LONDON: Referring to the list of law offending diplomats, which includes two Pakistanis accused of rape and kidnapping, prepared by United Kingdom’s Foreign and Commonwealth Office (FCO), Foreign Office spokesperson Tasnim Aslam on Thursday said that in both cases allegations seemed to be motivated by desire to seek asylum.
The Independent had reported on July 16 that the FCO prepared a list of law offending diplomats.
The FCO’s list of “Serious and Significant Offences Involving Diplomats in 2013” was presented by FCO Minister Mark Simmonds in the British Parliament on Tuesday.
The list details serious offences committed by 14 officials from nine different countries who were not prosecuted owing to their diplomatic immunity. It also includes two Pakistani diplomats for allegedly committing domestic rape and child abduction.
“One case is based on charges of marital rape leveled by his wife. She also alleged that he abducted their children and brought them to Pakistan,” the foreign office spokesperson stated during her weekly briefing in Islamabad today.
She added that “as per the High Commission, the wife had a premature delivery after which she was not able to look after her other children. By mutual agreement, they sent the children to their family in Pakistan.”
“Matrimonial relations between the couple became tense as she wanted to settle in UK permanently under any circumstances, while he was not inclined. On his refusal, she leveled theses charges. Subsequently, when she applied for asylum, she leveled these allegations as well,” she further stated.
“The other case is also similar. Again it was the wife, interested in seeking asylum, who leveled the charges against her husband,” Aslam remarked.
She further added that “according to our High Commission, the wife had developed contacts with some local women who even employed her in their laundry. She is also seeking asylum.”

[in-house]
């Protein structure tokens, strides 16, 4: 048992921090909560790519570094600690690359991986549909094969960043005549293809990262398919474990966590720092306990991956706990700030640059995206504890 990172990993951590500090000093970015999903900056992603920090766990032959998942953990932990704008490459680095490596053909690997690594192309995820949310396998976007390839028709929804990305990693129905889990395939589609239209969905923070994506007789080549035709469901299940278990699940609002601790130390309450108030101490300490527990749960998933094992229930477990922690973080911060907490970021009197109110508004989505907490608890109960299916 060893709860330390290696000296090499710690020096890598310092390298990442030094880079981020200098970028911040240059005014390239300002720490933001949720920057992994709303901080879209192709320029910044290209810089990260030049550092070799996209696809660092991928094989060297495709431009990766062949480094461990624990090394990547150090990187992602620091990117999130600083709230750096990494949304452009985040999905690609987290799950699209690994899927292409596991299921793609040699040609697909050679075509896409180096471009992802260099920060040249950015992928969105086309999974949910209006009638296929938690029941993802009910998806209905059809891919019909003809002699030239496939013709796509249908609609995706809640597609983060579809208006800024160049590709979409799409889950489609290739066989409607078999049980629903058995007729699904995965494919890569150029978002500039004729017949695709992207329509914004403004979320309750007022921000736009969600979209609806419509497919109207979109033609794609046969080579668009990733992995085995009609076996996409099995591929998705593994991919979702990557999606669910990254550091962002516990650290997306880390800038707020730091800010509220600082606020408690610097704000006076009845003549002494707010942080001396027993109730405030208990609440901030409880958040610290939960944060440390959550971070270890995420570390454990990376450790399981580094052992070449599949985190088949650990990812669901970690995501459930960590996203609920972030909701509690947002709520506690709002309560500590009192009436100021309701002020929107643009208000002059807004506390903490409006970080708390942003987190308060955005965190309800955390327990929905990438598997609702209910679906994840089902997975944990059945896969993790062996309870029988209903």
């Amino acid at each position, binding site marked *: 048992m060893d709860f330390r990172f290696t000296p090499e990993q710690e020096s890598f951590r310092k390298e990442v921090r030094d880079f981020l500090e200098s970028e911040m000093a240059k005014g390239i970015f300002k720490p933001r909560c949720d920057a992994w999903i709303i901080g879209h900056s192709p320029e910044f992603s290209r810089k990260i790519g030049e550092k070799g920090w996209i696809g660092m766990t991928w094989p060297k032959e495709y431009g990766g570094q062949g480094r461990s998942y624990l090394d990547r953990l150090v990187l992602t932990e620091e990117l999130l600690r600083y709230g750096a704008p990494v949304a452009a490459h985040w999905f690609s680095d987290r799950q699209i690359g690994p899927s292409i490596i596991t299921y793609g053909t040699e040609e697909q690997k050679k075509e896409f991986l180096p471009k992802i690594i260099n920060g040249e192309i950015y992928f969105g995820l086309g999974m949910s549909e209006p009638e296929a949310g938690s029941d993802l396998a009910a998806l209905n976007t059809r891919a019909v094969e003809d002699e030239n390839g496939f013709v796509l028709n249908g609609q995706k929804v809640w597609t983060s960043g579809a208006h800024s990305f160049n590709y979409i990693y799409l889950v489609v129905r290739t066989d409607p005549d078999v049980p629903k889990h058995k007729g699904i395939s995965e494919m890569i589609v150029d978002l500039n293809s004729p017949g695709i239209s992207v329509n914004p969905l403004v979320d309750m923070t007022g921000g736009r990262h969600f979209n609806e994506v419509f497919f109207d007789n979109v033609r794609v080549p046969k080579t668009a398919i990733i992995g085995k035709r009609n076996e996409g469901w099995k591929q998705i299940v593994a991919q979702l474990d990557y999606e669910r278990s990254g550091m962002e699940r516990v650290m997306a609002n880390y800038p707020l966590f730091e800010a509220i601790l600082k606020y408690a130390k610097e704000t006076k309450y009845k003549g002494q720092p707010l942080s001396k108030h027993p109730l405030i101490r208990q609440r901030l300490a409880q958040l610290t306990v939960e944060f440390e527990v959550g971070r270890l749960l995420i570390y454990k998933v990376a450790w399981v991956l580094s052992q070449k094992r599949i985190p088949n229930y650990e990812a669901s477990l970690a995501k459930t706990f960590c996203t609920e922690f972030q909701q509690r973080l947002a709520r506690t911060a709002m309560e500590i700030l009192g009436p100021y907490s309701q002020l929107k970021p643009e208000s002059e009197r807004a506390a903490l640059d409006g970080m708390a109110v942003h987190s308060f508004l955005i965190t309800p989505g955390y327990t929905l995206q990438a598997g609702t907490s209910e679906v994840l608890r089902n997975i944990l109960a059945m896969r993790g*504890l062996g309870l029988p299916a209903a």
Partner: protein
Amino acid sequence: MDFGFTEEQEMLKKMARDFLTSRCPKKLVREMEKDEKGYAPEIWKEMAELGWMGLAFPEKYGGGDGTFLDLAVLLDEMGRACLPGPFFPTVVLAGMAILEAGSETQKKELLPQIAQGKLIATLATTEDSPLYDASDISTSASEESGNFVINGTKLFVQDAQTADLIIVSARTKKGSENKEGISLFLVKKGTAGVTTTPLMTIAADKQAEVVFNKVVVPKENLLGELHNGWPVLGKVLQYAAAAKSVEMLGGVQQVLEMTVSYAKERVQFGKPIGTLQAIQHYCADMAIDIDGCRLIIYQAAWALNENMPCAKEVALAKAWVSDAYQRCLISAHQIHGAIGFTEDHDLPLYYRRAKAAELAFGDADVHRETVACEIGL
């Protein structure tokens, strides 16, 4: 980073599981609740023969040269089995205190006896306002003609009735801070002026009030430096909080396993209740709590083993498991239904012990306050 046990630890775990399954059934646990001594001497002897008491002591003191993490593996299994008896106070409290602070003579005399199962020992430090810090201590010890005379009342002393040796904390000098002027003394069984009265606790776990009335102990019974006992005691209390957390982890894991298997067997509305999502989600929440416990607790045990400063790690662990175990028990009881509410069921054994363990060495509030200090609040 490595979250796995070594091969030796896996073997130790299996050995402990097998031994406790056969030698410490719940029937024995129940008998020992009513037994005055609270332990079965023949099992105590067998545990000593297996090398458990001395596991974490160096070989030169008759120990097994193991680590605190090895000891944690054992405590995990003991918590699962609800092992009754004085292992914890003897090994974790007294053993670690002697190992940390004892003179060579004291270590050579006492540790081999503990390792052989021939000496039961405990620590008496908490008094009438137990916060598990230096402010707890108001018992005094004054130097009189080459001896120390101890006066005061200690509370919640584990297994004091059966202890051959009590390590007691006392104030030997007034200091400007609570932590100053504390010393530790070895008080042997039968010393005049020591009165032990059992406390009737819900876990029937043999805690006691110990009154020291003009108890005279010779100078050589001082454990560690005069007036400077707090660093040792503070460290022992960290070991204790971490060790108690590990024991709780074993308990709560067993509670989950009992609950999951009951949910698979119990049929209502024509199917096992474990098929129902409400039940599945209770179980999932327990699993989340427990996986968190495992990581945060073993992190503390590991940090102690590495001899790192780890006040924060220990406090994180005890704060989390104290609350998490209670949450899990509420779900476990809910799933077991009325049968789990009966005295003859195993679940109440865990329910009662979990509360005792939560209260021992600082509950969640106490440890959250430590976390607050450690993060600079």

FCO Minister had earlier said that the FCO had requested respective governments to lift immunity from diplomats accused in five cases of serious crimes last year, in line with provisions under the Vienna Convention on diplomatic relations.
In the case of the Pakistani diplomats, the Pakistani government partially lifted immunity so that one diplomat could be interviewed by the police even though there was no legal obligation to comply with the British request.
Without providing details, Simmonds said two other diplomats, for whom immunity was requested to be lifted, had been voluntarily recalled by their countries of origin. A fourth diplomat was asked by the FCO to leave the UK.
At least three Zambian diplomats found themselves on the FCOs list for offences ranging from driving under the influence of alcohol, causing bodily harm to sexual assault.
Two Kuwaiti diplomats were included in the list for driving under influence and committing a public order offence. Two Saudi diplomats were included on the list for driving while drunk — an offence which would incur serious punishment in their home country.
However, the unnamed diplomats are protected under the Vienna Convention, meaning they cannot be prosecuted by the host country unless their country of origin waives their immunity.
“The number of alleged serious crimes committed by members of the diplomatic community in the UK is proportionately low,” Simmonds said, adding that “The FCO does not tolerate foreign diplomats breaking the law.”
The minister said that the UK does everything in its power to investigate diplomats accused of serious crimes.
Full list of “Serious and Significant Offences” 2013:
Driving a vehicle reported as lost or stolen and without insurance: Sierra Leone 1
Driving whilst under the influence of alcohol and without insurance: El Salvador 1
Driving under the influence of alcohol: Saudi Arabia 2, Belarus 1, Macedonia 1, Kuwait 1, Zambia 1
Sexual Assault: Zambia 1
Domestic Rape: Pakistan 1
Child Abduction: Pakistan 1
Actual Bodily Harm: Cameroon 1, Zambia 1
Public Order Offence: Kuwait 1